Both factions sent telegrams and delegations to Moscow justifying their actions and requesting Comintern recognition as the legitimate Communist party. After hearing out the rival delegations, the Comintern issued document 2. This order, addressed to "All Members of the Communist Party of America," drove home the point that the American party possessed only such latitude as the Comintern chose to give it. The order ignored the issue of which faction could claim the greater support. Instead, the key question was which faction was "in harmony with the Theses of the Third Congress . . . sent to the American Party as an instruction." The Comintern repudiated the United Toilers faction for its "refusal to abide by the decisions of the C.I." As an extra show of its power, the Comintern required John Ballam (whose pseudonym in document 2 is Moore), the chief figure in the United Toilers faction, to personally undertake the dissolution of his organization. The only concession granted Ballam's faction was a promise that if its adherents obeyed the order within thirty days, they could remain in the American Communist party. (In addition, as will be documented in chapter 2, their debts were picked up by the Comintern.)

Faced with the Comintern ultimatum, the United Toilers faction, despite its rank-and-file backing, collapsed. Ballam toured the United States speaking to Communist groups and urging his supporters to embrace Moscow's decision. Overwhelmingly, they did so. The experience was an early and forceful lesson to American Communists on the nature of their relation to the Comintern. An American party convention, held in August 1922 and supervised by a three-member Comintern delegation, ratified the new arrangement.

Document 1

From M. [Mikhail] Kobezky, secretary of the Executive Committee of the Communist International, 17 March 1921, RTsKhIDNI 495-1-26. Original in English. The document was printed on a small, thin swatch of silk for easy concealment by the courier who took it to America.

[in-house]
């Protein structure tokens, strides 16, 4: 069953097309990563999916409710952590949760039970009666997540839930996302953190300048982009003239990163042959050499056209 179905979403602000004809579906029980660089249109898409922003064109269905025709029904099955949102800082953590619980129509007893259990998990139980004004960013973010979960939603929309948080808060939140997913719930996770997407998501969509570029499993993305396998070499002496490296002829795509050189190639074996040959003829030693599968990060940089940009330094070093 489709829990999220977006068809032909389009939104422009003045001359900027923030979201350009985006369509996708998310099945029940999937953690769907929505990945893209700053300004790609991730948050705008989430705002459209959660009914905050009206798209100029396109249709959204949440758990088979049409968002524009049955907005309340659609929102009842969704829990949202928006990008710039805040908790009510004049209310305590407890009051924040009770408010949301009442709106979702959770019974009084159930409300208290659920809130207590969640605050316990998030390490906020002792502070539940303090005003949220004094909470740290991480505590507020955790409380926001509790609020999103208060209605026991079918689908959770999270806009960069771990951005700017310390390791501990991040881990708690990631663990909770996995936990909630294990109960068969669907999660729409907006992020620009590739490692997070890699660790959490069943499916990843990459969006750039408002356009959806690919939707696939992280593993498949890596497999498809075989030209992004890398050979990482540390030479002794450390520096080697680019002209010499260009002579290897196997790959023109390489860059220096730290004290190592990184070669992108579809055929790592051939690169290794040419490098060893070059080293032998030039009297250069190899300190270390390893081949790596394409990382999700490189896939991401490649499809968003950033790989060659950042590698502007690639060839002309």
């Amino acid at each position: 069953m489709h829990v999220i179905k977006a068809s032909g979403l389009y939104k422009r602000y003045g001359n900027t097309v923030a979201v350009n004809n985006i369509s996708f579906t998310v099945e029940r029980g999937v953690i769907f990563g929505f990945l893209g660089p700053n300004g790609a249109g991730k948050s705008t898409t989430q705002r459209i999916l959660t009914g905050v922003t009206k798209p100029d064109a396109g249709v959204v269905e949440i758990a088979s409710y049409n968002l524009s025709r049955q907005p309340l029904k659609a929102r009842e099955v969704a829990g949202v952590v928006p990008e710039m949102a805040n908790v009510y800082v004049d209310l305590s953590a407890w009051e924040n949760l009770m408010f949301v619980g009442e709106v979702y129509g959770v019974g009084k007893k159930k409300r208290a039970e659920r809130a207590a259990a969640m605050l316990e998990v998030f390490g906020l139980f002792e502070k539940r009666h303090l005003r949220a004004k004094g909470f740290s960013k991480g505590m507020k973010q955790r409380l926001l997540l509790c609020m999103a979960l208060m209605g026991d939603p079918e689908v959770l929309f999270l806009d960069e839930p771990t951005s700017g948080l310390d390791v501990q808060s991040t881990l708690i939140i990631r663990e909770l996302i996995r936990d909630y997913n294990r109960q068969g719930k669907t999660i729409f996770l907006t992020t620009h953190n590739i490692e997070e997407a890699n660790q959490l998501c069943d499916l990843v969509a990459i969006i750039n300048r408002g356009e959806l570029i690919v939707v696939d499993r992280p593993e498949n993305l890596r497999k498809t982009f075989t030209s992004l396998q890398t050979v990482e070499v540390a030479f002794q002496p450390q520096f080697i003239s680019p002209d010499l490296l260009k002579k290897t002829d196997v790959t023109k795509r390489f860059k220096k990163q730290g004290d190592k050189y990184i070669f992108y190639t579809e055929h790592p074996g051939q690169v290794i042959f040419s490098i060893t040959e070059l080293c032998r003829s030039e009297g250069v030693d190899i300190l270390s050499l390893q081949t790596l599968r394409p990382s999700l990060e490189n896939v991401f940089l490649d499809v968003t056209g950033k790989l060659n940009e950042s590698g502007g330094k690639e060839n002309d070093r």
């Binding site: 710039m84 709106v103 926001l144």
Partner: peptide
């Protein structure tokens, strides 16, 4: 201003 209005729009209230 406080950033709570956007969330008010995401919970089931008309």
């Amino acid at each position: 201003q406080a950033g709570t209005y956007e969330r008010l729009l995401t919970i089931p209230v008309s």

The Executive Committee of the Communist International having listened to the reports of the United Communist Party and the Communist Party of America, hereby declares that the further postponement of the unification of the two Communist groups is a crime against the Communist International.

At the moment when the great economic crisis (four million unemployed) and the savage persecutions prevailing in the United States are creating a most favourable ground for propaganda and organisation, at that moment a few thousand Communists are wasting their time in inter-organisational squabbles which have no political significance and only result to the injury of the authority of the Communist International.

Should the two groups fail to unite by the time the Third Congress is convened, the Executive Committee will propose that neither of the two groups be allowed representations at the Congress.

The Executive Committee hereby welcomes the desire for unity expressed by the rank and file members of both parties, and calls upon the comrades to unite in spite of the leaders should the latter continue to sabotage the cause of unity.

The Executive Committee further declares that the present representation of the American parties in the Executive Committee will be regarded as void till the time the union of both groups is brought about.

[illegible stamp]

Secretary Executive Committee Communist International:

Moscow, 17/III-21. M. Kobezky

Document 2